OPINION: We've endured two-years' worth of speculation, a circus of a world press tour and now it's actually time for Conor McGregor and Floyd Mayweather to remove the furs, shed the entourages and lace up the gloves.
Fight or farce, label it what you will, but this will undoubtedly be one of the biggest fights in combat sports history, with pay-per-view records set to be smashed.
Is this all just a gigantic money-making carnival, or does McGregor, with a boxing record of 0-0, actually have a realistic chance of overcoming a 12-time champion across five different weight classes?
Of course he does.
Clearly Mayweather is the favourite, and rightly so, but it's all too easy to fall back on his historic resume when assessing the 'Notorious' one's chances against his highly-decorated counterpart.
Here's some of the how and why when it comes to McGregor's hopes of pulling off one of the most monumental upsets in sports history.
As a relative boxing novice, approaching a bout against one of the most prolific technical fighters the sport's ever seen would be a fatal mistake for McGregor, and you can be sure that's what his team will be looking to avoid.
While forcing the clinch against the ever-elusive Mayweather is easier said than done, but any chance McGregor has to do so he needs to capitalise with rabbit punches and tight uppercuts at close range and attempt to land on the break.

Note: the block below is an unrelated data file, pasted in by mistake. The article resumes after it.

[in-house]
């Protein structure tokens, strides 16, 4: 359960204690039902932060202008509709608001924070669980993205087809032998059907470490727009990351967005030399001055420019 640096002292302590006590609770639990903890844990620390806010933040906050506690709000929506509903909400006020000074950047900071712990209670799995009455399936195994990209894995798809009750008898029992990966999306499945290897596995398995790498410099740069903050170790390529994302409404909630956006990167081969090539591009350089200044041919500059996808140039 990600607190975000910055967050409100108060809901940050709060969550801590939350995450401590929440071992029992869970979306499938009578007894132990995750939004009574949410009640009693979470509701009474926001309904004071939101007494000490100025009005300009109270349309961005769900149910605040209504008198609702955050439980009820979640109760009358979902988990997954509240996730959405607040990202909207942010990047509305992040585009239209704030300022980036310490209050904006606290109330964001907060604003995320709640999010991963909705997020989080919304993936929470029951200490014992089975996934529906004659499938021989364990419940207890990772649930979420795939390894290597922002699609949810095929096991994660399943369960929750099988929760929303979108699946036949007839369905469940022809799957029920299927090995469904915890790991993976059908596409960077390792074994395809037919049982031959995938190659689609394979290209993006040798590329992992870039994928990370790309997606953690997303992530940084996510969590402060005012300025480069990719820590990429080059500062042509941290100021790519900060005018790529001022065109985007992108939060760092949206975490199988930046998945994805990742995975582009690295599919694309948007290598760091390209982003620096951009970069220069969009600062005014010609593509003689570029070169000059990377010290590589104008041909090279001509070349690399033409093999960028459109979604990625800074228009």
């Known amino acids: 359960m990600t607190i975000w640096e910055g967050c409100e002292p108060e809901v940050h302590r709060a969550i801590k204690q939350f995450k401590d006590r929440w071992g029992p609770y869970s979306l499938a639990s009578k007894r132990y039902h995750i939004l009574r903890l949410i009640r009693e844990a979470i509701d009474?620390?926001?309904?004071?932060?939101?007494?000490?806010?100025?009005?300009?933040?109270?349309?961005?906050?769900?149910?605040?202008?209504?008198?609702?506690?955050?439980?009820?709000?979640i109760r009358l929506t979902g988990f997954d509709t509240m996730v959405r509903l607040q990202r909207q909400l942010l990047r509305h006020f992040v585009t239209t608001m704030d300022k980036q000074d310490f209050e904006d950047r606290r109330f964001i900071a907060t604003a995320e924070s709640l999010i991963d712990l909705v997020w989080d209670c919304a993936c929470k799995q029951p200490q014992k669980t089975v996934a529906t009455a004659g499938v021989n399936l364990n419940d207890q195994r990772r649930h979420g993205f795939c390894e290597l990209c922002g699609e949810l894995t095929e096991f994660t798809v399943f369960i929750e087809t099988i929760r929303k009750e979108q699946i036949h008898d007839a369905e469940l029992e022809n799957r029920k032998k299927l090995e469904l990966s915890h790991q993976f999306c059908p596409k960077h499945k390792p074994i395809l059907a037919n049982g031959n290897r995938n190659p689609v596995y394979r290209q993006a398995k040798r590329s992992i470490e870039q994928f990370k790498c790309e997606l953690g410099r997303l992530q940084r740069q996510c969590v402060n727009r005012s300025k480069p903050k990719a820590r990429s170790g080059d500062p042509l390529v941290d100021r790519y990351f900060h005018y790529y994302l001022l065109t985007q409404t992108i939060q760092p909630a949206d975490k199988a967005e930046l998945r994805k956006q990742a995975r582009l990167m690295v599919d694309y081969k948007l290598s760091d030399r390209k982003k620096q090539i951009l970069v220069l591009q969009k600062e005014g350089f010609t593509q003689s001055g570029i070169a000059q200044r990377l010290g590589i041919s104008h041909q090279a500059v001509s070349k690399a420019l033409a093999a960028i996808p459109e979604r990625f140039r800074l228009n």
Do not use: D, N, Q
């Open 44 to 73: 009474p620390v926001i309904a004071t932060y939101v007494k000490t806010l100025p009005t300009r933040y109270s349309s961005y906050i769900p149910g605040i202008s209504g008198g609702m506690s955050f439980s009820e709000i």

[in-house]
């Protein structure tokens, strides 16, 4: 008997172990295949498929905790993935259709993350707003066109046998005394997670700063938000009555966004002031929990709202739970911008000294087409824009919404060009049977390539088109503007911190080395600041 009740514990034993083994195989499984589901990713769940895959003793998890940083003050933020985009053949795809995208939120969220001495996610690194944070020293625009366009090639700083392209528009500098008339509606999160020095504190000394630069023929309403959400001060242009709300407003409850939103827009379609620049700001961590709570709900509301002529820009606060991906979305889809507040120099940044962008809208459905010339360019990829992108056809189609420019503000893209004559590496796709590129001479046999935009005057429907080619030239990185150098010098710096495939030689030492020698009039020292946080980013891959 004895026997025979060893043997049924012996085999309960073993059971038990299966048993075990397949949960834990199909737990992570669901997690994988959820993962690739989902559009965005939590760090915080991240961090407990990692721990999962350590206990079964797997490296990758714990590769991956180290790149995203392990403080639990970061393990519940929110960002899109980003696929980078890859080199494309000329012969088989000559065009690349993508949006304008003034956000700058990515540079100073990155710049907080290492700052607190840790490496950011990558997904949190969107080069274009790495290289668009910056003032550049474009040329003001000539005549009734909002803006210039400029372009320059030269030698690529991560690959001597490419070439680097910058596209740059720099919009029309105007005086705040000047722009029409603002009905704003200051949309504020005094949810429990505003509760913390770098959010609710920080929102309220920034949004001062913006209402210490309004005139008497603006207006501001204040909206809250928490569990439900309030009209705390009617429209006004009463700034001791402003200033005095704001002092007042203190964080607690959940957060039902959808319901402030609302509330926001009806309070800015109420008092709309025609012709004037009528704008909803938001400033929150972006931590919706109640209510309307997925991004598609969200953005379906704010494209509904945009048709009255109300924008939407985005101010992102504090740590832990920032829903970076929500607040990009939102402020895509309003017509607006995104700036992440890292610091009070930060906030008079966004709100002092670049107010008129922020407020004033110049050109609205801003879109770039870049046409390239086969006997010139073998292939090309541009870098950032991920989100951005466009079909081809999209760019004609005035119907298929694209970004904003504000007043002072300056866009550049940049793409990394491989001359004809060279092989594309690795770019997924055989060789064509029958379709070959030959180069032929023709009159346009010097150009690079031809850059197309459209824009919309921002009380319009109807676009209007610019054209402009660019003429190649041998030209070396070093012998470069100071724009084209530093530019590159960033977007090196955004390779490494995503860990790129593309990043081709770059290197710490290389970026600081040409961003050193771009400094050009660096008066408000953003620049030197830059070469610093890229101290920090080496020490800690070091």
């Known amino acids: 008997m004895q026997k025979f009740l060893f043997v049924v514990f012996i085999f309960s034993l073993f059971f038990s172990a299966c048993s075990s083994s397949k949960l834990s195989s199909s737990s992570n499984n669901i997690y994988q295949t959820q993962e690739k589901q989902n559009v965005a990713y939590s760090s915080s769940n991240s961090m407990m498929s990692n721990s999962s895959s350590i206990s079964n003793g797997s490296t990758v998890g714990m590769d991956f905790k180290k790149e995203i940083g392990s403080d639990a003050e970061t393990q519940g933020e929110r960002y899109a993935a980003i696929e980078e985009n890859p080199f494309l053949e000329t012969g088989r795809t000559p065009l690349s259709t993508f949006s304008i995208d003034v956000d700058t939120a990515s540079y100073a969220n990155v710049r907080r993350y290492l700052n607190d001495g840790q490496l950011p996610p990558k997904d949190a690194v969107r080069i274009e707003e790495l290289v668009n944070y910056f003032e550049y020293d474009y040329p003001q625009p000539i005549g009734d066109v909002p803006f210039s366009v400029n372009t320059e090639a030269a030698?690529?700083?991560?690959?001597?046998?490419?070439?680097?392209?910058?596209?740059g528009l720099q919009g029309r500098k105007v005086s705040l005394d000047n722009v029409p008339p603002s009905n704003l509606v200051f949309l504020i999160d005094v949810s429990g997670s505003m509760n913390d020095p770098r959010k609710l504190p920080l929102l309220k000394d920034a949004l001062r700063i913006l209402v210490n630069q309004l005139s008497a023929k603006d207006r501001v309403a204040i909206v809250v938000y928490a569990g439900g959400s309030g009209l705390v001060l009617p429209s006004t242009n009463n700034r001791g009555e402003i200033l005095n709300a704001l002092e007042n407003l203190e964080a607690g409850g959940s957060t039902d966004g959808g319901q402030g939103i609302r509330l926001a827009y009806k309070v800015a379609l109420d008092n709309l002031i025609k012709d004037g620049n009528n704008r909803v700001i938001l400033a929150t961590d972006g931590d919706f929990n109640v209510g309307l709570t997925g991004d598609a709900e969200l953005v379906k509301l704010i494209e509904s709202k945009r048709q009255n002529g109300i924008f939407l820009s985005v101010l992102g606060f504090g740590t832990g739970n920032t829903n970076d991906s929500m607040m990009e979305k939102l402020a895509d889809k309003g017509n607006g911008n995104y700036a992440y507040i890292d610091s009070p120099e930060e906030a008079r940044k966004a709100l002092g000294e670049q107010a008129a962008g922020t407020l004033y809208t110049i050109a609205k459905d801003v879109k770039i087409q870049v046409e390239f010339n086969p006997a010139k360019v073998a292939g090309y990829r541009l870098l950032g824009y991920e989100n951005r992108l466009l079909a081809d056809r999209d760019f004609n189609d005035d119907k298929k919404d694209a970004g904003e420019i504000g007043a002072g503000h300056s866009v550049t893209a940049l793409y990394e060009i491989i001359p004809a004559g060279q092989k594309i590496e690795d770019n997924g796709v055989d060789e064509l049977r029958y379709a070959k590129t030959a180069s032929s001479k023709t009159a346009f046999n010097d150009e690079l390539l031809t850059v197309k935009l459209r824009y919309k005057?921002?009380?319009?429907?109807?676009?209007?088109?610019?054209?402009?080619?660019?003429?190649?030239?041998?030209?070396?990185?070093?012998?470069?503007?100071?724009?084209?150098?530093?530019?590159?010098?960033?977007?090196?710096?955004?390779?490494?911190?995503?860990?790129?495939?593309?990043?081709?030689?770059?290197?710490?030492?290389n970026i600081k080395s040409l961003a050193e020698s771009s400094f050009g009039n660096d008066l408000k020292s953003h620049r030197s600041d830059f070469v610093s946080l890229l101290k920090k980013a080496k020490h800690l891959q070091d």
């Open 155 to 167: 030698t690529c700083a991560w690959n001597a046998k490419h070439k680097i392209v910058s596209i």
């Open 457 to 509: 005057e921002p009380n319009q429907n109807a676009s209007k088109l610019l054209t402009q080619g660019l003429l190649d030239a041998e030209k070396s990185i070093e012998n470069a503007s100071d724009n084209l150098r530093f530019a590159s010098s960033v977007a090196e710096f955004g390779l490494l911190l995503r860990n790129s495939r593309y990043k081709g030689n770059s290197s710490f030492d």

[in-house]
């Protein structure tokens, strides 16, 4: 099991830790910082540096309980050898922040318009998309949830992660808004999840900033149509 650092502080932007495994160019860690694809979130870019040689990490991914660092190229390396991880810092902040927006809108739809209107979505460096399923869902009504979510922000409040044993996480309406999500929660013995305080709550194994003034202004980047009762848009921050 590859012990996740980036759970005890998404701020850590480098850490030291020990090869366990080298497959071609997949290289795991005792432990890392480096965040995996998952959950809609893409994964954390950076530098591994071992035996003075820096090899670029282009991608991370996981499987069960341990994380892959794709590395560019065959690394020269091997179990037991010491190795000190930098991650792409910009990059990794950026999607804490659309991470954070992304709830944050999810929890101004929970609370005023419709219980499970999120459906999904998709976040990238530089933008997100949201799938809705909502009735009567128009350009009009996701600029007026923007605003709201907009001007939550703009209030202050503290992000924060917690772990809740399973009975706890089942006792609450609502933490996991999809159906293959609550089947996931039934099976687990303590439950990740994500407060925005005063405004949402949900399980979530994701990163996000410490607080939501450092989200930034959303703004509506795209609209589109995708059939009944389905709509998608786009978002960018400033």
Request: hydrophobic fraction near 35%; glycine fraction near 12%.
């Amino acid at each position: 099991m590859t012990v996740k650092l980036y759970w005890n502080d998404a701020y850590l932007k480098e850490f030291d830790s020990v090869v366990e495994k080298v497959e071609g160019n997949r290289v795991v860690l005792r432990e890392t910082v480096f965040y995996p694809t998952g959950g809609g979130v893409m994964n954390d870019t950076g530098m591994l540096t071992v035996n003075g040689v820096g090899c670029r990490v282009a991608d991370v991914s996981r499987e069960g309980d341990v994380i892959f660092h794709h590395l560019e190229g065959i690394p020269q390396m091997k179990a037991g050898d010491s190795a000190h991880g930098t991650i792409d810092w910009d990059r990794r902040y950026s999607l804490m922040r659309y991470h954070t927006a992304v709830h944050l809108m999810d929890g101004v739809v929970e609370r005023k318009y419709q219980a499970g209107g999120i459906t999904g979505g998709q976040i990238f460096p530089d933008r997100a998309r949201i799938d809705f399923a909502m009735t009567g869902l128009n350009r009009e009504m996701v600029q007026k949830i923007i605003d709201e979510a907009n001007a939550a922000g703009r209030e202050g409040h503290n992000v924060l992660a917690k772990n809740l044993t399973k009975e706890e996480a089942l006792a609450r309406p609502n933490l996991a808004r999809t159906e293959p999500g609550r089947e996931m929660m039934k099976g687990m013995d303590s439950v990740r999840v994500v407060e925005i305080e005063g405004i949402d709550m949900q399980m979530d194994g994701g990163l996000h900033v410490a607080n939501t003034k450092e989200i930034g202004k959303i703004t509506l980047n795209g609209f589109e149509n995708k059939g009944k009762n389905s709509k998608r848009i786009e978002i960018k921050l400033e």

Mayweather has proven to be vulnerable in such situations, and if McGregor can get busy with body shots in the clinch and disrupt his rhythm it may well serve to frustrate and force him to divert from his gameplan - perhaps even start to engage in a slugfest which would work heavily in McGregor's favour.
With almost 50 pro fights experience across 21 years of professional pugilism, Mayweather has seen, and conquered, all varieties of different styles and techniques, but he's never seen a Conor McGregor.
McGregor started a revolution in MMA striking when he entered the UFC with his wide stance and fluid and unconventional movement, which allows him to utilise his length and control range expertly.
That extended range will also be much greater than what Mayweather is used to encountering, with boxers traditionally operating in much tighter confines. As a renowned points fighter, many suggest Mayweather can simply stick and move his way to a comfortable victory, but just how effectively will he be able to close that distance in order to land consistently?
McGregor's defense is equally out of the mould, keeping his hands in a karate-style position and parrying his opponent's strikes, which enables him to find the most efficient route to a counter-strike.